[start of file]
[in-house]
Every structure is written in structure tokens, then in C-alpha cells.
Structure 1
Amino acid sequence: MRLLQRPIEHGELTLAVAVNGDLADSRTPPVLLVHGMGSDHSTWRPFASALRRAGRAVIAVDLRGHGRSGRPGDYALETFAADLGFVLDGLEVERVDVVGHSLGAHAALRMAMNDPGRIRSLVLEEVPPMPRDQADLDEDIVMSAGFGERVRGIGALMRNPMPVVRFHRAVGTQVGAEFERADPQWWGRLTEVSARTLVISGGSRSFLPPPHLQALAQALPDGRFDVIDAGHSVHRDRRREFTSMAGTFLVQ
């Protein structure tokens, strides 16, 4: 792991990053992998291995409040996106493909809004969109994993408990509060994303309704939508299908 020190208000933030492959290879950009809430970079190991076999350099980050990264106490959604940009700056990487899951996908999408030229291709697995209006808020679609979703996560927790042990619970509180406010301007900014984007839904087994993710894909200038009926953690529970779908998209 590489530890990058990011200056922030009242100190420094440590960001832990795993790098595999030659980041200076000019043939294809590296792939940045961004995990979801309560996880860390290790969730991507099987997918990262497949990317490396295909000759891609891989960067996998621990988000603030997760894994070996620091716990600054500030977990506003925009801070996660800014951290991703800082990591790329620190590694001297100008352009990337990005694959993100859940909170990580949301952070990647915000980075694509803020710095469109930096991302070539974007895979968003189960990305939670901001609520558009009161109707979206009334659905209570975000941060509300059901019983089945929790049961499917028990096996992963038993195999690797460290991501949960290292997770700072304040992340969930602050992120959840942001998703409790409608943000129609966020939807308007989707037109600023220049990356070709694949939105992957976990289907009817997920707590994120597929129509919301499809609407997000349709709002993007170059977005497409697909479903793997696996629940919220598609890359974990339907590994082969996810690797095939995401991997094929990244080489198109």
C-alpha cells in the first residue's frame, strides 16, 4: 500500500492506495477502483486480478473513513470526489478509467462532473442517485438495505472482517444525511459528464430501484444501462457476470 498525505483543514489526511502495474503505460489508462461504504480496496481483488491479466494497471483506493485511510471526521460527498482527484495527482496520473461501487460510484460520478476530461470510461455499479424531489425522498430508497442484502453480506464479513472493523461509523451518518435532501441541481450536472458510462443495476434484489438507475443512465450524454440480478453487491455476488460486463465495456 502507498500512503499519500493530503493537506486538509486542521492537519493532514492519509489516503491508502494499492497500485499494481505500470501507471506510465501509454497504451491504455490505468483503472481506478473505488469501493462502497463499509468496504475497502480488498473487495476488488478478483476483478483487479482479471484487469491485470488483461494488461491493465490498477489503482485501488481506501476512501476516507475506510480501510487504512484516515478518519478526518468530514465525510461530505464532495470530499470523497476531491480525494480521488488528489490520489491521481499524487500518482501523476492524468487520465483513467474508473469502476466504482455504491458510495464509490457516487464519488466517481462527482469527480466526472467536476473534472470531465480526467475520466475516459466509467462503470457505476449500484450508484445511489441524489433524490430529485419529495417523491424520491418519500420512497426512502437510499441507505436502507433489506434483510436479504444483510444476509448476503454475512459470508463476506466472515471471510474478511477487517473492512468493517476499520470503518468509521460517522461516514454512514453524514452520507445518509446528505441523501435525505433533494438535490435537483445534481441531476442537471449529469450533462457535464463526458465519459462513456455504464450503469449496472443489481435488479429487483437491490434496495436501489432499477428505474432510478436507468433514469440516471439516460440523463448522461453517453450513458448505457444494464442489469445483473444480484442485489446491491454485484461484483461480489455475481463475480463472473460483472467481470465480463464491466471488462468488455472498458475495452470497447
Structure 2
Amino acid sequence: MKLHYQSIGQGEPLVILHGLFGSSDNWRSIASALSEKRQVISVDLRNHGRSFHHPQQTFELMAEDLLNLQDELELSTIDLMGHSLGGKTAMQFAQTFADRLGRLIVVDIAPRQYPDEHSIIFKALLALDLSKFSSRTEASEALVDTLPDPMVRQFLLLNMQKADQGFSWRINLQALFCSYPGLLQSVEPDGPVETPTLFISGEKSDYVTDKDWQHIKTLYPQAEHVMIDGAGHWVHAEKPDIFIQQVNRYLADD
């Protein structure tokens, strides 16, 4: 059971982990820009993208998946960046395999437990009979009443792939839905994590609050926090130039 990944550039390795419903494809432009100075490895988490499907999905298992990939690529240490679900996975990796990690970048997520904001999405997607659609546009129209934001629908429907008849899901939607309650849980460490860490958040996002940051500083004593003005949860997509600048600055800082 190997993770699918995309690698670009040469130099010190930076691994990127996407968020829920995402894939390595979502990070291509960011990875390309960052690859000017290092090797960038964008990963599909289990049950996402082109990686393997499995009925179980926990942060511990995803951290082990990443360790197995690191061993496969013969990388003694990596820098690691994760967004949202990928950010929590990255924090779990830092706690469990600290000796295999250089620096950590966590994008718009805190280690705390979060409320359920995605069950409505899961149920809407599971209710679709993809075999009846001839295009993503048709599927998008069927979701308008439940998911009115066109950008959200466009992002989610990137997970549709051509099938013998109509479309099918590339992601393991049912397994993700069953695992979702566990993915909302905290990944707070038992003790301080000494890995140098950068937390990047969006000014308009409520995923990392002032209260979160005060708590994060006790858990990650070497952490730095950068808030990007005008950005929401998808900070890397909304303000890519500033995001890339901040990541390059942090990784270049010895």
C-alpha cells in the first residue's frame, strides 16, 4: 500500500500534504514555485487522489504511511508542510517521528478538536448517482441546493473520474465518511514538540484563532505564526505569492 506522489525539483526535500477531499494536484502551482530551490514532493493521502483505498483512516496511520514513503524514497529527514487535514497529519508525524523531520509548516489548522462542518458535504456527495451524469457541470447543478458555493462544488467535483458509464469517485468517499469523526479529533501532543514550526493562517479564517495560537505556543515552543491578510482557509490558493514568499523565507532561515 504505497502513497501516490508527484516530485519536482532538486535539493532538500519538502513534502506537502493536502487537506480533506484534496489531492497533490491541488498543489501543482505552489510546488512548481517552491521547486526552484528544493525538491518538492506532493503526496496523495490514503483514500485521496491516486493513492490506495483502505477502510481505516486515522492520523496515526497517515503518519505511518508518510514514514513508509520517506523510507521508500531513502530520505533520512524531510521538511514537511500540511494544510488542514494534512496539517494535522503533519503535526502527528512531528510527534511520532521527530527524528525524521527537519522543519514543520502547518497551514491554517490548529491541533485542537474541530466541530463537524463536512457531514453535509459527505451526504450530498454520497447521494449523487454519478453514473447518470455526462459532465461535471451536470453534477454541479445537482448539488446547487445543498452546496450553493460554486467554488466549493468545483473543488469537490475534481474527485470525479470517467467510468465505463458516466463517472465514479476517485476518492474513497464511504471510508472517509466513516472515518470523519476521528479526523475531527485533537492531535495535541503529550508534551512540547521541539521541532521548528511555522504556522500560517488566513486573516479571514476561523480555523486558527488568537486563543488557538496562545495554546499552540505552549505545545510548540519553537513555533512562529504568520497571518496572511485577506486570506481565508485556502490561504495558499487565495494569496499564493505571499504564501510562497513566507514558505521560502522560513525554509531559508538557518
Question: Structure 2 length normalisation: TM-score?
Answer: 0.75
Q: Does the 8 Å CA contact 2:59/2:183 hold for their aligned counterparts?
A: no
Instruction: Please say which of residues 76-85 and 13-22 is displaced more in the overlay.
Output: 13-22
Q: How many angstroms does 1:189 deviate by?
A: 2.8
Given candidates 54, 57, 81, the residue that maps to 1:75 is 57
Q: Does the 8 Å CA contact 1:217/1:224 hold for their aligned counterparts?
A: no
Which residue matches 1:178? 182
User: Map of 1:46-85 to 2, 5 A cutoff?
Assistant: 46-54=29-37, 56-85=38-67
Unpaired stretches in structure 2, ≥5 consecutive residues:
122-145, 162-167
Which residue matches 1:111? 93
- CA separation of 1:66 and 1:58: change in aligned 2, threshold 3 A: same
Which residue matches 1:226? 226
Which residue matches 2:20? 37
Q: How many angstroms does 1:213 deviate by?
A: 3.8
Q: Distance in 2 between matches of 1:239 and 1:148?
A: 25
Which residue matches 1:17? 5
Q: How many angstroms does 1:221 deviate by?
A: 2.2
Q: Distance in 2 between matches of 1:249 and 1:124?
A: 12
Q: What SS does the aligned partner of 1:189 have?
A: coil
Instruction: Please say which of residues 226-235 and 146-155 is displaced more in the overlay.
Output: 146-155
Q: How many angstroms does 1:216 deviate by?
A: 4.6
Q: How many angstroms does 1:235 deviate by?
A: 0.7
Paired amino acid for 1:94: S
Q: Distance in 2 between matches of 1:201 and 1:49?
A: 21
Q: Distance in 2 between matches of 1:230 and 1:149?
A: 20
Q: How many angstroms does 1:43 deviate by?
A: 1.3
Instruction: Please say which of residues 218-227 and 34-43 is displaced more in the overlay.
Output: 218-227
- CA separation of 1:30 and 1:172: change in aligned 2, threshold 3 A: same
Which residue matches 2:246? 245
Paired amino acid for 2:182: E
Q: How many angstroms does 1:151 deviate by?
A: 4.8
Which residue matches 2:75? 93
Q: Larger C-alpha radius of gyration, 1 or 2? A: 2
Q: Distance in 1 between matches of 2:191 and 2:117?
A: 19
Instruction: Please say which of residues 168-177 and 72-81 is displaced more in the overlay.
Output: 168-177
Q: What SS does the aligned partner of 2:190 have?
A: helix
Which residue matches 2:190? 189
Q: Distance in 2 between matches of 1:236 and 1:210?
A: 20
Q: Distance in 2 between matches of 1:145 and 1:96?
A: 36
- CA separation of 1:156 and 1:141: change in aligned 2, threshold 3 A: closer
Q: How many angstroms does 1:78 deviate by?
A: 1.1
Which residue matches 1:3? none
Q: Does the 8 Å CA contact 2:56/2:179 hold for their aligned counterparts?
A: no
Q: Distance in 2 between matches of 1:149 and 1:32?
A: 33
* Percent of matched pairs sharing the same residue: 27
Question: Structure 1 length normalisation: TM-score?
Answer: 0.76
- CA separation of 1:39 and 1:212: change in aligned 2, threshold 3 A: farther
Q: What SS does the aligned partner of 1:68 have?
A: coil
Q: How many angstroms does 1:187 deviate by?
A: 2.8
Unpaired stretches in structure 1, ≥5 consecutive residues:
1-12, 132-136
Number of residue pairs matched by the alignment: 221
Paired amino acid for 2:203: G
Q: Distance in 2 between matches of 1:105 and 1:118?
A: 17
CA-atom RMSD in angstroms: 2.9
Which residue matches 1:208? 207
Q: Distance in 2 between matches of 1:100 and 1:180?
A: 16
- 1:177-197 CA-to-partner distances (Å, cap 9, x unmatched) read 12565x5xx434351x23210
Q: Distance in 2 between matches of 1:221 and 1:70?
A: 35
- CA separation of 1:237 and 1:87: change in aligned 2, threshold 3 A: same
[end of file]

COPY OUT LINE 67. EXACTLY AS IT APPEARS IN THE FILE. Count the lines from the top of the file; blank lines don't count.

Output: 168-177